New Orleans-based offshore supply company Harvey Gulf International Marine announced Monday that it has completed its financial restructuring and emerged from Chapter 11 bankruptcy after completing a court-approved Plan of Reorganization.
Under the reorganization, Harvey Gulf has shed approximately $1 billion in debt and emerges with a “dramatically de-leveraged balance sheet”, the company said. The company has also its commitments to its trade vendors, paying all unsecured claims in full, it said.
The emergence comes 77 days following Harvey Gulf’s prepackaged filing back in March.
Founded in 1955 by Captain Numa J. Guidry, Harvey Gulf International Marine is one of the largest privately-owned and operated marine transportation companies in the U.S. Gulf of Mexico. The company specializes in deepwater operations with more than 50 offshore support vessels comprising platform supply vessels, fast supply vessels and multi-purpose support vessels, including the first LNG-powered offshore supply vessels and largest Jones Act vessels in the Gulf of Mexico.
Shane Guidry, who has been at the helm of Harvey Gulf since 1997, will continue in the same role under a new 5-year employment contract.
“Mr. Guidry’s leadership of Harvey Gulf through the most significant downturn in the offshore services industry in more than 30 years has been exemplary, producing 58% average EBITDA margins over the past three years, peaking at 61%. The retention of his services and the rest of his team was a key tenet of the restructuring transactions,” Harvey Gulf said in a press release.
Harvey Gulf also indicated that it intends to expand and “provide its exceptional safety and operational expertise to its customers globally” through mergers or acquisitions.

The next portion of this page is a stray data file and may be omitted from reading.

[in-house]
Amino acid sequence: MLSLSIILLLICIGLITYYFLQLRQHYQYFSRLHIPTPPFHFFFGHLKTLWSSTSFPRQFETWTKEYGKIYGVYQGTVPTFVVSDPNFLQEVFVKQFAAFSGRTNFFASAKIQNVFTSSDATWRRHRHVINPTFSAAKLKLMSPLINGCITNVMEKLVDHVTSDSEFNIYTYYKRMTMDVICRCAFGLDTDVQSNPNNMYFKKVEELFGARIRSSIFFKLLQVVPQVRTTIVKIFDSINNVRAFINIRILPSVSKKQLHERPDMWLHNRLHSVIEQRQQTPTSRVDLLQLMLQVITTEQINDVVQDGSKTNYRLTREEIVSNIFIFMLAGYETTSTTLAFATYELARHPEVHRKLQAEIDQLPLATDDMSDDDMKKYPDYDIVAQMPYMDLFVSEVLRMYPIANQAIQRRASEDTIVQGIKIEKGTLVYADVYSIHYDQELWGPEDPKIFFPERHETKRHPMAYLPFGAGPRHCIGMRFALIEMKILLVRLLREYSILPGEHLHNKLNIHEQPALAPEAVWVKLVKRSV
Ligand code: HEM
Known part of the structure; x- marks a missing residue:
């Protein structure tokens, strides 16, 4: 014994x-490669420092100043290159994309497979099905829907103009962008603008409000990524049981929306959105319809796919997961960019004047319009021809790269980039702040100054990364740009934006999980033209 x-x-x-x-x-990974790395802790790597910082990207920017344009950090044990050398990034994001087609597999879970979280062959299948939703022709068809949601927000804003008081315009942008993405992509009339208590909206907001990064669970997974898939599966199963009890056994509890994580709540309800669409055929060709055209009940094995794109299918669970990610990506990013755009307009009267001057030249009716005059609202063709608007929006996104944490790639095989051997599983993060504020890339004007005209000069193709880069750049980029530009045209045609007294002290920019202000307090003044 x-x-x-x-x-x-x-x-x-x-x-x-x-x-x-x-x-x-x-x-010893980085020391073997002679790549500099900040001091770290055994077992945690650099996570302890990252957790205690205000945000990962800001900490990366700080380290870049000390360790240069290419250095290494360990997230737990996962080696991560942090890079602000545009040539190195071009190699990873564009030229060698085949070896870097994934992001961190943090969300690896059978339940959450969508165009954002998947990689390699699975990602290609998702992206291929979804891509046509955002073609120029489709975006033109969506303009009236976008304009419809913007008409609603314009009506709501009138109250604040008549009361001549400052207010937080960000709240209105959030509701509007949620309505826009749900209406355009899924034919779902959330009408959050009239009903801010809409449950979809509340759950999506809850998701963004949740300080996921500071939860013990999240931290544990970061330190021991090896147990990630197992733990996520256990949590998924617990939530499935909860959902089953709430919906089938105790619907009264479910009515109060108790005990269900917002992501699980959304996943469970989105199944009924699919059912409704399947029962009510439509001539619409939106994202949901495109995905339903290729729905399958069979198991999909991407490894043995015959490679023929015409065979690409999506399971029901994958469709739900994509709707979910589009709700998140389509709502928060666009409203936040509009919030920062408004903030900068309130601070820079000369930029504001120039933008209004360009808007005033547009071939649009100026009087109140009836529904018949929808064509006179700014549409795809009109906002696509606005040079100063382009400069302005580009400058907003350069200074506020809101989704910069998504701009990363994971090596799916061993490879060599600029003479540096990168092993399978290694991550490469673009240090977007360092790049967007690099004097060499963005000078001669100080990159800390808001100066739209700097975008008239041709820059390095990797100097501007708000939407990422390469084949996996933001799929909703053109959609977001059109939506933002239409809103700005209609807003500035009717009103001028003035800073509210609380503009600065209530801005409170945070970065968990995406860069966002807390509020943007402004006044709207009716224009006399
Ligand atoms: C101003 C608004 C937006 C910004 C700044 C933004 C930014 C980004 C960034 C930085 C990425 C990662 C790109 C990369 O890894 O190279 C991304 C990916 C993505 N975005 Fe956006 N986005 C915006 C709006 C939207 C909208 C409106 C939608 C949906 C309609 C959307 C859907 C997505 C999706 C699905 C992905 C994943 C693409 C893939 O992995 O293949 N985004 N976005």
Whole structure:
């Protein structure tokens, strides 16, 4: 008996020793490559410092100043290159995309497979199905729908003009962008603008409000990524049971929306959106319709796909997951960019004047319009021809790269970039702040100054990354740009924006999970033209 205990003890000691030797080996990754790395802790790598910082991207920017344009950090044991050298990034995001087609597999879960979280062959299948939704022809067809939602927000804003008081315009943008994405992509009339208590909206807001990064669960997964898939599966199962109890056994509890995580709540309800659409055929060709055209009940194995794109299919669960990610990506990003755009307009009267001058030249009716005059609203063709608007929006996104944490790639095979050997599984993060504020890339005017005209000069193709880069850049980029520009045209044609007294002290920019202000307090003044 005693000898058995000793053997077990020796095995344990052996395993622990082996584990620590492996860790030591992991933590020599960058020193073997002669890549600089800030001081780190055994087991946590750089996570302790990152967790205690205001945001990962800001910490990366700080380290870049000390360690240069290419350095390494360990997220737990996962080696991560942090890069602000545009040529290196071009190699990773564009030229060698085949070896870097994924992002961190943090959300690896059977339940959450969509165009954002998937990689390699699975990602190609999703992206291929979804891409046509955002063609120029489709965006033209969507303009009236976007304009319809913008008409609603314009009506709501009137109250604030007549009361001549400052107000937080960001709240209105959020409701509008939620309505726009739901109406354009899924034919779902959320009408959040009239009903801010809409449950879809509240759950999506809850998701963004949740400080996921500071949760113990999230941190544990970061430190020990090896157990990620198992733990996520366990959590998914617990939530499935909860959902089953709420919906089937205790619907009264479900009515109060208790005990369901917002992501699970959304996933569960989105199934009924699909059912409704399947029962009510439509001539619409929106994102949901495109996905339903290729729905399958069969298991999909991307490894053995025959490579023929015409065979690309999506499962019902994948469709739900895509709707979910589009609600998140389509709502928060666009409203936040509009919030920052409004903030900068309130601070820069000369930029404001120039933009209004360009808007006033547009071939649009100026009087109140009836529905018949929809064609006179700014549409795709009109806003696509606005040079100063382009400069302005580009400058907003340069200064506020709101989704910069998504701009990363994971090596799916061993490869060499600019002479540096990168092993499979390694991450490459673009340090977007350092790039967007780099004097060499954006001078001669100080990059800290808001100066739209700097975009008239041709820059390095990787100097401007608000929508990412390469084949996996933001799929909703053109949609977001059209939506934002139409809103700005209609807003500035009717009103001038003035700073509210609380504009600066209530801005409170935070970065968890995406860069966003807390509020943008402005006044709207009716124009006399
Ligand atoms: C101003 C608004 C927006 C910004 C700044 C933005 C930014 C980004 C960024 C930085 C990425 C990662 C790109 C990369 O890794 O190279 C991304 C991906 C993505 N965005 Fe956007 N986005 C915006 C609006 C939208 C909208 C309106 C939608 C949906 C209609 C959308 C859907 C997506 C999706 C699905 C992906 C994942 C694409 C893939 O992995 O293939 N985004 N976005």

“The Chapter 11 restructuring process is extremely complicated, and the fact that Harvey Gulf emerged so quickly, while shedding a billion dollars of debt and adding over 40 new customers reflects the dedication, hard work, and tenacity of the entire Harvey Gulf team,” Mr. Guidry commented. “Importantly, Harvey Gulf’s performance will continue well into the future, and the competition simply isn’t in a position to capitalize on the industry’s shift to cleaner energy. Nor are they capable, either financially or from the organizational leadership standpoint, of re-designing their fleets to compete and perform in this new age.”
The filing submitted back in March included plans to convert more than $1 billion in debt into equity that would be given to lenders when the company exited bankruptcy. Other creditors, such as suppliers, would also be paid in full.
In 2008, Mr. Guidry acquired Harvey Gulf from the Guidry family along with New York-based private equity firm The Jordan Company.
“I want to thank my lenders, who are now my new partners, and Harvey Gulf’s legal and financial advisors, Vinson & Elkins, LLP, Blank Rome, LLP, and Stephens Inc., as well as our lenders’ attorneys and advisors, led by Davis Polk & Wardwell, LLP and PJT Partners, LP, for all the long hours we’ve all worked together to position Harvey to be able to deliver another 63 years of safe and efficient, family run vessel services to all our very appreciated customers and partners in safety. Lastly, I’d like to thank The Jordan Company, which has been a tremendous partner for us over the last 10 years and supportive of this company through any and all challenges. We are glad that TJC will maintain a significant stake in the company going forward,” added Mr. Guidry.